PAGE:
The Blog

Featuring fresh takes and real-time analysis from HuffPost's signature lineup of contributors

Linda Stone Headshot

Why Email Can Be Habit-Forming

Posted: Updated:

Information overload. I don't think so. Blaming the information doesn't help us one bit.

Information over-consumption. That gets us to the heart of it. It's a twisty and dark tale of chronic stress, the autonomic nervous system and breathing.

Chronic stress causes us to fall back on familiar routines. The part of our brain associated with decision-making and goal-directed behaviors shrinks and the brain regions associated with habit formation grow when we're under chronic stress, according to researchers at the Life and Health Sciences Research Institute in Portugal.

Stressed rats will compulsively press a bar for food pellets, even when they have no intention of eating. Sound familiar?

Over-consuming comes naturally. Our bodies are tuned to consume when we're in fight or flight. We're also tuned to be impulsive and compulsive in a fight or flight state. Resources are plentiful around us, and our bodies are screaming for us to consume, compulsively. In this state, humans are less aware of when we're hungry and when we're sated. We reach for every available resource as if it's our last opportunity.

One of the most significant lifestyle changes to happen over the last twenty years is screen time: time in front of a television, video game, computer, or mobile device. By some accounts, adults spend over eight hours a day in front of a screen.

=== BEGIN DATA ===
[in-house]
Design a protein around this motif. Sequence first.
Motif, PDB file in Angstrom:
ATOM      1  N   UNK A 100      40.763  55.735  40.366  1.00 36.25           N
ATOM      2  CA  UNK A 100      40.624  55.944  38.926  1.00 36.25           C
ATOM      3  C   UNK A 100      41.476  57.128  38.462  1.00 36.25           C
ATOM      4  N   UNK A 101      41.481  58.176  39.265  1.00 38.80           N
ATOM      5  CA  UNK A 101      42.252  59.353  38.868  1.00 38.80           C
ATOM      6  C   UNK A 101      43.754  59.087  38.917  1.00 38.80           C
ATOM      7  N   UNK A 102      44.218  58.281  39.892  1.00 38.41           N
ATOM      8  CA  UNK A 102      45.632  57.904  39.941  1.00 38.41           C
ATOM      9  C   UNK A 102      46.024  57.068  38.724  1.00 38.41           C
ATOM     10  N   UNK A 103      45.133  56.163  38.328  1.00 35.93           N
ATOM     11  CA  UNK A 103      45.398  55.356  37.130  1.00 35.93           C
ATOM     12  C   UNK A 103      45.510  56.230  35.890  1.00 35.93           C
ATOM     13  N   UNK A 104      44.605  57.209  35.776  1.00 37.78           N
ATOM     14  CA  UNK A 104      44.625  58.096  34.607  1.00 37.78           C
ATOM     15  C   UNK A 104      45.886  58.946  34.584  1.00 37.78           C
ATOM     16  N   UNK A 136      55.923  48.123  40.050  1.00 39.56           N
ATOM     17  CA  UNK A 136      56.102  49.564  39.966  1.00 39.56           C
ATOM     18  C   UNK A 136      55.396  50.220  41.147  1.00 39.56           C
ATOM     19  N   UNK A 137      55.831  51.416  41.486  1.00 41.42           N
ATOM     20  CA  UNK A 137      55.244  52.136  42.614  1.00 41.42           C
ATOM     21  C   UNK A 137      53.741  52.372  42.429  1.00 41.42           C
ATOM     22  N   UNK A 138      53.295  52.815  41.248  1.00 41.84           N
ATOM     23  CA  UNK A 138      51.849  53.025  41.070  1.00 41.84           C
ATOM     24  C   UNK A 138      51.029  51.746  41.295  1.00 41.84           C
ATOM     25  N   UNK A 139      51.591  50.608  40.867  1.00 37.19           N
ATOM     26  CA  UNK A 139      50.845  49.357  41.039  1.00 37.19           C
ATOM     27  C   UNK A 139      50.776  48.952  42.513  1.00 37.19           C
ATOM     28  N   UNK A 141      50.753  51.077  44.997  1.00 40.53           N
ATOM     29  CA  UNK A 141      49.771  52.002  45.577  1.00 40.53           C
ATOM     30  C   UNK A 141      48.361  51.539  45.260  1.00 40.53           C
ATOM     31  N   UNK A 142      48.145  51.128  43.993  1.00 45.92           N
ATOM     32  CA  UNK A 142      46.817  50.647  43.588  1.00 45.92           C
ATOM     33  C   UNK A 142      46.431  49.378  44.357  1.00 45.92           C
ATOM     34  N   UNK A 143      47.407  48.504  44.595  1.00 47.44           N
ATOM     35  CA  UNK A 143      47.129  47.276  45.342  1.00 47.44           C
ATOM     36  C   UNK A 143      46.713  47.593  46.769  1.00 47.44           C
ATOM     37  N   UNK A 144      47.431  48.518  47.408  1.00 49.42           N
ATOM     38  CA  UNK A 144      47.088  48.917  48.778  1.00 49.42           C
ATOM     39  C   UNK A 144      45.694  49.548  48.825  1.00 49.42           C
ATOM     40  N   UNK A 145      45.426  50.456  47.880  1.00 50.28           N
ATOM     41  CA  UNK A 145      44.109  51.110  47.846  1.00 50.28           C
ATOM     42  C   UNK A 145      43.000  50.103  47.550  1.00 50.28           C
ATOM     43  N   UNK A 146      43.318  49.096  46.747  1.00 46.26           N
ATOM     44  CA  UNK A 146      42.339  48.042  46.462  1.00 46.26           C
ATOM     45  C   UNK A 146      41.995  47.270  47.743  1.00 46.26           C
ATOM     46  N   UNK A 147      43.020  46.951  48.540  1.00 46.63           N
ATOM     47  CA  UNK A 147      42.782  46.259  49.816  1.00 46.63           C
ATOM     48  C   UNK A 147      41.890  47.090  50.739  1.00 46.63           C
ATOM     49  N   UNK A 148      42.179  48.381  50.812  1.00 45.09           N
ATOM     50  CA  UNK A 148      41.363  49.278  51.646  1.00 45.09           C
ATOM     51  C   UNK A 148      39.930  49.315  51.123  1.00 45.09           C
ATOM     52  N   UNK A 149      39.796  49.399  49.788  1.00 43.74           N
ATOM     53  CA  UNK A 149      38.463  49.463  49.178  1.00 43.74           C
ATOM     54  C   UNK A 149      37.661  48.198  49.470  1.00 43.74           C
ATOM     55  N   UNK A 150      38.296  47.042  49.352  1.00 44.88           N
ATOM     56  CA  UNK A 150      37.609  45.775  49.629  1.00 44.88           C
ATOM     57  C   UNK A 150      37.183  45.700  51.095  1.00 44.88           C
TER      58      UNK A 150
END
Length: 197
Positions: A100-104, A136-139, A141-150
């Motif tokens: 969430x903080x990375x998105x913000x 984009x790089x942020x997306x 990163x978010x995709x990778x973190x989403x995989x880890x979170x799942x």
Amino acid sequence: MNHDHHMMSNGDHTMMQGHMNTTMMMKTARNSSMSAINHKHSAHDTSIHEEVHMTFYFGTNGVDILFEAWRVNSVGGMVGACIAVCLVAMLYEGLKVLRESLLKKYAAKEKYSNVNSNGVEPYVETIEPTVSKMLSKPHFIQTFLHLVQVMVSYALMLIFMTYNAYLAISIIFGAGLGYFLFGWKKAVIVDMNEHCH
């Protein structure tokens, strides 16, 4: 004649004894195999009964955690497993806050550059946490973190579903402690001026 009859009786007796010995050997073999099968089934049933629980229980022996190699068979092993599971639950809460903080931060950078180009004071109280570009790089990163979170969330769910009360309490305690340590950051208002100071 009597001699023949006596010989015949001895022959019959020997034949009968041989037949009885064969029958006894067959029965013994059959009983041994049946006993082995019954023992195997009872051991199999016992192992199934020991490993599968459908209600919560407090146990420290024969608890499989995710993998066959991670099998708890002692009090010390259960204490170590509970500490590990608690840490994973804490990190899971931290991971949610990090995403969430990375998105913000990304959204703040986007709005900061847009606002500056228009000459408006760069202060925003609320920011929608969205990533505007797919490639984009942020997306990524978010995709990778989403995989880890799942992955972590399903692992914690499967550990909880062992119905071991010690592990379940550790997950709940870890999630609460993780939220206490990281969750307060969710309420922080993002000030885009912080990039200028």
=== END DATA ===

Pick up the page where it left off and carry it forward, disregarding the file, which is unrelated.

How does screen time contribute to chronic stress? In February 2008, I wrote about email apnea. It's the term I coined for the temporary cessation of breath or shallow breathing humans tend to do while at ANY screen: computer, mobile device, video game or television. Our screen posture is generally compromised, making it challenging to get a diaphragmatic breath. The emotion of anticipation, accompanied by an inhale, is a natural response to a flood of email or a tense moment in a video game.

We forget to exhale. It's the exhale that contributes to the reduction of the stress response and the heightening of the relaxation response. More breathing, less chronic stress and less compulsive consuming.

Breathing, in and out through the nose, with an exhale twice as long as the inhale, is an antidote to email apnea. Check it out for yourself and let me know how it works.

Our brains are resilient. Our nervous system can be our ally. Technology is a partner in co-creation .... as long as we keep breathing.